Open Journal of Pathology
Vol.4 No.2(2014), Article ID:45118,6 pages DOI:10.4236/ojpathology.2014.42008

Proliferative Brenner Tumor with Borderline Mucinous Cystadenocarcinoma of the Ovary in a 75-Year-Old Woman

Kenji Niwa1*, Hiroshi Makino2, Yoshio Yamaguchi3, Sakae Mori3, Nozomi Narikawa1, Takuji Tanaka4

1Department of Obstetrics & Gynecology, Gujo City Hospital, Gujo, Japan

2Department of Obstetrics & Gynecology, Gifu University Post-Graduate School of Medicine, Gifu, Japan

3Section of Laboratory Medicine, Gujo City Hospital, Gujo, Japan

4Department of Diagnostic Pathology (DDP) & Research Center of Diagnostic Pathology (RC-DiP), Gifu Municipal Hospital, Gifu, Japan

Email: *

Copyright © 2014 by authors and Scientific Research Publishing Inc.

This work is licensed under the Creative Commons Attribution International License (CC BY).

Received 29 December 2013; revised 25 January 2014; accepted 5 February 2014


We report here an extremely rare case of proliferative Brenner tumor with borderline mucinous cystadenocarcinoma of the ovary, metastasizing to the pleura in a 75-year-old woman. Massive pleural effusion were present due to metastasis and pseudo-Meigs’ syndrome. The cytological findings from pleural effusion, ascites and tumor imprint were similar, suggesting mucus-producing malignant tumors. After receiving a thoracic drainage for pleural effusion, the patient underwent an exploratory laparotomy to remove the left-ovarian tumor. Histopathological examination revealed proliferative Brenner ovarian tumor with borderline mucinous cystadenocarcinoma, and immunohistochemical examinations for the tumors, even mucus-rich tumor cells were positive for CK 7 and negative for CK 20, suggesting the tumor arising from transitional cells, not from mucus-producing ovarian surface epithelial tumor cells. She underwent four courses of chemotherapy with paclitaxel and carboplatin. The patient showed no signs of recurrence 16 months after the surgery.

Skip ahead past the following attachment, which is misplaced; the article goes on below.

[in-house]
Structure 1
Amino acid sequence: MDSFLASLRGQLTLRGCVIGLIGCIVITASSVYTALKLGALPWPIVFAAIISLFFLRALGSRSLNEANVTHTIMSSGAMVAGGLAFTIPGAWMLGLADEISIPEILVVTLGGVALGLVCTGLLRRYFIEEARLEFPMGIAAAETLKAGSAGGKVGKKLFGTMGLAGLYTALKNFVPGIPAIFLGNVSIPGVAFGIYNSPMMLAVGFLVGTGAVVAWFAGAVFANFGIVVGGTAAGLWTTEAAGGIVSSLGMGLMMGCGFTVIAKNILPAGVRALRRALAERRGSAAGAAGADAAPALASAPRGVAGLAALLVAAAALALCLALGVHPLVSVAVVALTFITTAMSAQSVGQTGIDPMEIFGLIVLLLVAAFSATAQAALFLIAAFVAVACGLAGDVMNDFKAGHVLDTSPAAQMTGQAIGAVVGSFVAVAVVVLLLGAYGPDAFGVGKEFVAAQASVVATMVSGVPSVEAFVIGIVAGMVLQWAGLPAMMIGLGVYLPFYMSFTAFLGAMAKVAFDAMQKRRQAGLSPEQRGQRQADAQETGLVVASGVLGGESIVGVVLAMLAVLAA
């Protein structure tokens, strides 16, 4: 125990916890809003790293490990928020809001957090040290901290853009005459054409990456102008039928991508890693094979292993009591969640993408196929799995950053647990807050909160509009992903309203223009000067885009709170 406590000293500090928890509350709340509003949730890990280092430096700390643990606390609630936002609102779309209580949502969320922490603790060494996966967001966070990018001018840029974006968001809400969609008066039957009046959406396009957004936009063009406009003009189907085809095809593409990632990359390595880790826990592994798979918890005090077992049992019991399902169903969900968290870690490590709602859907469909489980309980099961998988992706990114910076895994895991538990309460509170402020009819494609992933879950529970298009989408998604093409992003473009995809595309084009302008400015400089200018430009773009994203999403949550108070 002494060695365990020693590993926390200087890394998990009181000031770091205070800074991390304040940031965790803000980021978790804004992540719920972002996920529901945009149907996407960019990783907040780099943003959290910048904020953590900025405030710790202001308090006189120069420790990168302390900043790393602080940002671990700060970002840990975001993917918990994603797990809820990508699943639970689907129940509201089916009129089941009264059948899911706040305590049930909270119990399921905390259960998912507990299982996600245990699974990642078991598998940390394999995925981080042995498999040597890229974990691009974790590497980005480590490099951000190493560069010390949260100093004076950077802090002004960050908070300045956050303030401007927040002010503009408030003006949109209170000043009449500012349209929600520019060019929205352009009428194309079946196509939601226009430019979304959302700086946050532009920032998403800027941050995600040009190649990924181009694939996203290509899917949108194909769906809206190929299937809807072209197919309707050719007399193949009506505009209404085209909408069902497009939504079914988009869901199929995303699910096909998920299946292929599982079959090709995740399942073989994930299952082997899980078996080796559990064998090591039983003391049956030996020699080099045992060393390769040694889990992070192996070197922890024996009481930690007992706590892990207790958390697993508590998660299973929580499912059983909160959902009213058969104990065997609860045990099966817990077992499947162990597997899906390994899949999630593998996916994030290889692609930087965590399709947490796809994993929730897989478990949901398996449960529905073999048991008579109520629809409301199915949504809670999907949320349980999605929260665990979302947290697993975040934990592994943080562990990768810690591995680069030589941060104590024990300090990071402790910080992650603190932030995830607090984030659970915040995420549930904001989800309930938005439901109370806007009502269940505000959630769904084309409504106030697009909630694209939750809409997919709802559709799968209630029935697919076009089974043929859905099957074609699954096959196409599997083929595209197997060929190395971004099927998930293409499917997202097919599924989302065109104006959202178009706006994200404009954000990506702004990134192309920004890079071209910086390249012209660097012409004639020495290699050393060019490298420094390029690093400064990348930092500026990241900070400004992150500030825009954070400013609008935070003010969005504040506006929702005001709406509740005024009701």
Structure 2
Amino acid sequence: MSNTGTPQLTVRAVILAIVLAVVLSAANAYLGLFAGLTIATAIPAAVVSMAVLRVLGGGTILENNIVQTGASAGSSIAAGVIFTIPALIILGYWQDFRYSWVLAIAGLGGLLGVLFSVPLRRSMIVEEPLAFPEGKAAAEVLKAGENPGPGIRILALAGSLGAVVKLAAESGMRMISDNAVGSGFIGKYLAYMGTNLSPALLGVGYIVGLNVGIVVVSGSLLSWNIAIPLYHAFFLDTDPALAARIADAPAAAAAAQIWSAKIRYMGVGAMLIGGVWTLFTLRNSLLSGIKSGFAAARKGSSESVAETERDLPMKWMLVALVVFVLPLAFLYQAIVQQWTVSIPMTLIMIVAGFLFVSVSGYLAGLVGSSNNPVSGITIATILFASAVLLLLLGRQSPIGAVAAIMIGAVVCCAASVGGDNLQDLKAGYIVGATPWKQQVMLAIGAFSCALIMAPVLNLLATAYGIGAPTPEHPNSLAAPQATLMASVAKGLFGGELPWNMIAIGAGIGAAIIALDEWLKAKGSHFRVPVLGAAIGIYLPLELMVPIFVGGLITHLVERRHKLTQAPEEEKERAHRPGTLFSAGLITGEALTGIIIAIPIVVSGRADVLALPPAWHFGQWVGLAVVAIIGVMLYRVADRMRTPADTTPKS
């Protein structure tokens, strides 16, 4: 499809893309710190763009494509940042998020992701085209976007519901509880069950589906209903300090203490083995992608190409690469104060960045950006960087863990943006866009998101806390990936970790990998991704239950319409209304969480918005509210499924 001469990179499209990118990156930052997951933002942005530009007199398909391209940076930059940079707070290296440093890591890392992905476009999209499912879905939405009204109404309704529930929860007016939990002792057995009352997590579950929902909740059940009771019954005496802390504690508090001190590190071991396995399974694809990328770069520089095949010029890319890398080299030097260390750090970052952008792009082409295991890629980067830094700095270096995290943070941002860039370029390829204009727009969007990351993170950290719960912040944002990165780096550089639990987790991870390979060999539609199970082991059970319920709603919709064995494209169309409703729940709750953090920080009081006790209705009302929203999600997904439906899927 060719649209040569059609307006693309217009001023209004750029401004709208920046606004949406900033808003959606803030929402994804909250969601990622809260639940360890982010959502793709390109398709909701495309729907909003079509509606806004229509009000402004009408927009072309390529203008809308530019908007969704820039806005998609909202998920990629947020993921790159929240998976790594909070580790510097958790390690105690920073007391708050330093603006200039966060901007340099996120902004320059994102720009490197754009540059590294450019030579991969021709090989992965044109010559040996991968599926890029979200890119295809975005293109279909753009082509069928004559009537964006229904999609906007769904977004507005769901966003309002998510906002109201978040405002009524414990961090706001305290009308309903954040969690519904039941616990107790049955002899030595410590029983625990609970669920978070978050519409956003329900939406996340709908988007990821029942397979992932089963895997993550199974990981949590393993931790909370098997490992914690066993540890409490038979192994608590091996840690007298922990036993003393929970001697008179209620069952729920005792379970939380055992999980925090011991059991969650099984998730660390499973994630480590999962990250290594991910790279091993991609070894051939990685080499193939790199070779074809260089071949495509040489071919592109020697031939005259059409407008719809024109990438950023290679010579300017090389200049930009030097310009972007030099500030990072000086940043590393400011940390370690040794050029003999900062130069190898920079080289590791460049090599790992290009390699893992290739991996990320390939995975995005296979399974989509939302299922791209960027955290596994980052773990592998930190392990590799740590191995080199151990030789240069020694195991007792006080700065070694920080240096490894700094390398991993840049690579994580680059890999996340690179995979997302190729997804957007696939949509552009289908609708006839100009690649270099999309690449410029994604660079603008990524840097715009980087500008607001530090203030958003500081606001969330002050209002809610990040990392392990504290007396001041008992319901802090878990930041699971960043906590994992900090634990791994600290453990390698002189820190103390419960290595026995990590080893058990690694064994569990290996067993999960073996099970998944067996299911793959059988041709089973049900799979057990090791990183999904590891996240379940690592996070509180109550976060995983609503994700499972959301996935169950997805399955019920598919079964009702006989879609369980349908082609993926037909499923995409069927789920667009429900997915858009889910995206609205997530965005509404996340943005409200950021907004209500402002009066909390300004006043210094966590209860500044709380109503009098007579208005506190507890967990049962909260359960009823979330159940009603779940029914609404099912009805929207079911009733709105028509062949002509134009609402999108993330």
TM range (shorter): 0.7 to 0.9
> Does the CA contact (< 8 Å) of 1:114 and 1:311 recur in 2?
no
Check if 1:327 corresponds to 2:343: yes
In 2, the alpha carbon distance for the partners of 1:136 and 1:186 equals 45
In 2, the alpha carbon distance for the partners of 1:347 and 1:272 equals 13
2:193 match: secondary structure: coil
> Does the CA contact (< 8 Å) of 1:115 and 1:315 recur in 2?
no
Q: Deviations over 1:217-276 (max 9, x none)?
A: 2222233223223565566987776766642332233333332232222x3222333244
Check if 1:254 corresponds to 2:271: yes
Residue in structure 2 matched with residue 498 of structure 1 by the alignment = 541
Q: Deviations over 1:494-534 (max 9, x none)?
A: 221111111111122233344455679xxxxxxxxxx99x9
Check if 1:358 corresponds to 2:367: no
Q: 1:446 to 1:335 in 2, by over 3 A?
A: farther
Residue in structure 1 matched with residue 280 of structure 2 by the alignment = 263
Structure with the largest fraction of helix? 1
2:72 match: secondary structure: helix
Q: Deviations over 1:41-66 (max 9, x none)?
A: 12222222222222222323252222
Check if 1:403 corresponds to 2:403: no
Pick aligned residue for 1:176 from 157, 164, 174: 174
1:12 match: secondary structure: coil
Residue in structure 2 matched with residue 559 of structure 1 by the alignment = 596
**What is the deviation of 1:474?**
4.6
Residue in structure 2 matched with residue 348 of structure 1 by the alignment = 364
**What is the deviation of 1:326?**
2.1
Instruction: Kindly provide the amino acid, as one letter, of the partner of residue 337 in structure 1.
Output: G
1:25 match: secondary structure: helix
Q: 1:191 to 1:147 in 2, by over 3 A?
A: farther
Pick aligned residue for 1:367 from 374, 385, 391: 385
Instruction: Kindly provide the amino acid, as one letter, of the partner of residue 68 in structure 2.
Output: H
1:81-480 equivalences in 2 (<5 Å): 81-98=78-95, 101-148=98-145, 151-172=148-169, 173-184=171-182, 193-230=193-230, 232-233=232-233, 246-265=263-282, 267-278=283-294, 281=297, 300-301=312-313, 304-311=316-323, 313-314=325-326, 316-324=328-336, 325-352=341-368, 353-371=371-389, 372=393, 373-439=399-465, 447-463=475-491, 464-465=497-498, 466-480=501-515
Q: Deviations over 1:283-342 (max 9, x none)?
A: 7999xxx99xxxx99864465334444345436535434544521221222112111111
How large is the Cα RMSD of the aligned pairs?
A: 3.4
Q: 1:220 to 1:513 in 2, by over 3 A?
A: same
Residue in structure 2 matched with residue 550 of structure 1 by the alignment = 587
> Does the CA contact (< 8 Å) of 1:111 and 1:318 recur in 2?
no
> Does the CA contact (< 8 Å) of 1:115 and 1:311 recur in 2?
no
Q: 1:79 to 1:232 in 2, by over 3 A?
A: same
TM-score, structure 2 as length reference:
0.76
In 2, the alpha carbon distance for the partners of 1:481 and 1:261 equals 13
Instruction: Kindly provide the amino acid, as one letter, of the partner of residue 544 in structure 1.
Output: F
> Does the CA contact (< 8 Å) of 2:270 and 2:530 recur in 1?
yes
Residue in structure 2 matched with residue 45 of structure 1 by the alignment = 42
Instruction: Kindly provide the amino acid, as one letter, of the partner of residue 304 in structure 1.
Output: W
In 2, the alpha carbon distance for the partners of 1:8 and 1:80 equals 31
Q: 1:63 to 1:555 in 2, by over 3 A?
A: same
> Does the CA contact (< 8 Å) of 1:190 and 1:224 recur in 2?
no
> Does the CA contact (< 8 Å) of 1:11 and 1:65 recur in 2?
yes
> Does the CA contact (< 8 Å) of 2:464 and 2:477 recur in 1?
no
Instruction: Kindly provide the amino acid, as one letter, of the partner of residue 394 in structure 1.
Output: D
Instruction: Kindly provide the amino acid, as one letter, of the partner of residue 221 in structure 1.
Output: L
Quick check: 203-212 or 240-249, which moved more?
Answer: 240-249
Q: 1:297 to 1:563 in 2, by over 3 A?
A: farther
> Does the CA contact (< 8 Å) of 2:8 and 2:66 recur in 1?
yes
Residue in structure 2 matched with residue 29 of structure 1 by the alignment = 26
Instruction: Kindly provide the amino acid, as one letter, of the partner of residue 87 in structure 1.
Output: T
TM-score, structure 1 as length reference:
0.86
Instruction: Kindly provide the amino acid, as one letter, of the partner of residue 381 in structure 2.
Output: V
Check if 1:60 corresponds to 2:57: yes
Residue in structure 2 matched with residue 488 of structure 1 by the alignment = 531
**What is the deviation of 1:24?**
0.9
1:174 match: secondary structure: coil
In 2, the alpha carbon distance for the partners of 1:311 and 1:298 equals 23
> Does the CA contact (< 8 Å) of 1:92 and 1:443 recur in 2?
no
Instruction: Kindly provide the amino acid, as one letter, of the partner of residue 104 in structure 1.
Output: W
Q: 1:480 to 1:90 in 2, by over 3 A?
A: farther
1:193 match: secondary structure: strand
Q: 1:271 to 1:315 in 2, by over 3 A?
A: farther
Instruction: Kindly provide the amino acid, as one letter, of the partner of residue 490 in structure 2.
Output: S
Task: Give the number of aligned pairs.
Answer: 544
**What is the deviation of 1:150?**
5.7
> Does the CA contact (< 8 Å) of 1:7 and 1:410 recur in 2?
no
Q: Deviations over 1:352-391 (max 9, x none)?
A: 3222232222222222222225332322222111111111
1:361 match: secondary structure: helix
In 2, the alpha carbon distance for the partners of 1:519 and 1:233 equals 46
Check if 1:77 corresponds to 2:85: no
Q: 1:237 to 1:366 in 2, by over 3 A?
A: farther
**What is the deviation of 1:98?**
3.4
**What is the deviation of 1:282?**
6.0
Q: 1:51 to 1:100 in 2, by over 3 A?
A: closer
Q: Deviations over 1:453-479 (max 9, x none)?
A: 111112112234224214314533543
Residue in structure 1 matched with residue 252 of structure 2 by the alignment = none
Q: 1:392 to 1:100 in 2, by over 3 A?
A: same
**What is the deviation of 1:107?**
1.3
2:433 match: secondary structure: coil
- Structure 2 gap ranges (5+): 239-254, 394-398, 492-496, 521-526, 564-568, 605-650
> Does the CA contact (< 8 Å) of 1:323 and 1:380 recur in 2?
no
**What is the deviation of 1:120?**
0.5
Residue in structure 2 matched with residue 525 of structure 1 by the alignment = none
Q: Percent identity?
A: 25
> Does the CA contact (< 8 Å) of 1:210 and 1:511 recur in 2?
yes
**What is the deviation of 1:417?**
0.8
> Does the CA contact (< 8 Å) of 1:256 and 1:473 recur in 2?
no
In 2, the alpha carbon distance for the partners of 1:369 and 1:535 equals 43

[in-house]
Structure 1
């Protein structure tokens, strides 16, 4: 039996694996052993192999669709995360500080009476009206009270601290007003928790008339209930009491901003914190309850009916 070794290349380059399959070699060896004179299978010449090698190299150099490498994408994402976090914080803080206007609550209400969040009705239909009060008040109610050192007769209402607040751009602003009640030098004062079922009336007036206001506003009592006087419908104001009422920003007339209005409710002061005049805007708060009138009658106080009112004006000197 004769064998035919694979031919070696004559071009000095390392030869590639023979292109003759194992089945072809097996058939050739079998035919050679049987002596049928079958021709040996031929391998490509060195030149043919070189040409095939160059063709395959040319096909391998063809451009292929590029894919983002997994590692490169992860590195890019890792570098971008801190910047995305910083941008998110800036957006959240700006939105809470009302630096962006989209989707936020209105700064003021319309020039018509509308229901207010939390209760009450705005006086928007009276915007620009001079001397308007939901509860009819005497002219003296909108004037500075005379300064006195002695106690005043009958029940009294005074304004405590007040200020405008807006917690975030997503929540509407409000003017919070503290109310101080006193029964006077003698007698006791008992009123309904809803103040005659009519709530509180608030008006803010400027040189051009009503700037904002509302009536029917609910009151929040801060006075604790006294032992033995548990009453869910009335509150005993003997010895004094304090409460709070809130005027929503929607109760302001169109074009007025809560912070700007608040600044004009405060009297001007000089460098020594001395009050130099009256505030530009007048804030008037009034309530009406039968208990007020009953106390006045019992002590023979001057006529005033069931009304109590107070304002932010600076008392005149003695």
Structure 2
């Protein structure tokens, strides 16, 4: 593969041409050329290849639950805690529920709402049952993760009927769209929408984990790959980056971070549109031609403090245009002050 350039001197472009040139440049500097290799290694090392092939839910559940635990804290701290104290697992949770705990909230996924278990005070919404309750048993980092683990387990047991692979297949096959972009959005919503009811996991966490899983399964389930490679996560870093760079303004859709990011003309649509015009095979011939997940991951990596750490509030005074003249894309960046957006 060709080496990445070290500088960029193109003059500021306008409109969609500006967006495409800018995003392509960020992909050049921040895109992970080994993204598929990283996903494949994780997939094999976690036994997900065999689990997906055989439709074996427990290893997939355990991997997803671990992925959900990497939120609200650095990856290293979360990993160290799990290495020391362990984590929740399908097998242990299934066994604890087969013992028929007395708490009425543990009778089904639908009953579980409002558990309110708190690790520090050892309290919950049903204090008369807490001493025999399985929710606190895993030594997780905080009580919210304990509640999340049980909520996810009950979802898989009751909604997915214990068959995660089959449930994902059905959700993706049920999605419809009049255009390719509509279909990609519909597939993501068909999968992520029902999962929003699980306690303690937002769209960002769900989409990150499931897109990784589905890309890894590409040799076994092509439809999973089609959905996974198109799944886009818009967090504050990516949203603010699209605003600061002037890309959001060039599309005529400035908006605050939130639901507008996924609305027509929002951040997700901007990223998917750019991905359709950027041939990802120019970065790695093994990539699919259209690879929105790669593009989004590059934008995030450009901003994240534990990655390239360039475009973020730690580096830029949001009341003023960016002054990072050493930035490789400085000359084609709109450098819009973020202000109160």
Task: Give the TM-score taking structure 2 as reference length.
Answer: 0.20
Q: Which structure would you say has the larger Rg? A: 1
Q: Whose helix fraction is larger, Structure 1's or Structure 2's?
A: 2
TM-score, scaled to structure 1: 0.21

Keywords:Proliferative Brenner Tumor, Ovary, Pseudo-Meigs' Syndrome, Transitional Cell, Cytology, Immunohistochemistry

1. Introduction

Brenner tumors (BTs) of the ovary are rare epithelial tumors that account for 1% - 2% of all ovarian neoplasms. Proliferative BT of the ovary was first described in 1971 by Roth and Sternberg [1] , and was confirmed by Miles and Norris [2] .

The terms of borderline malignancy and proliferating in reference to BTs were equated in the WHO publication [3] . It is a separate category of BT, being intermediate in its histologic appearance and biological aggressiveness compared with benign and malignant types of BTs [2] [4] [5] . There is a general agreement that BTs are derived from the surface epithelium of the ovary which has the properties of coelemic epithelium, and therefore, it undergoes metaplastic change to transitional or urothelial-like morphology [6] . We present here an extremely rare case of proliferative BT with borderline mucinous cystadenocarcinoma of the ovary in a 75-year-old woman, in which immunohistochemistry of CK 7 and CK 20 was useful for the diagnosis.

2. Clinical Case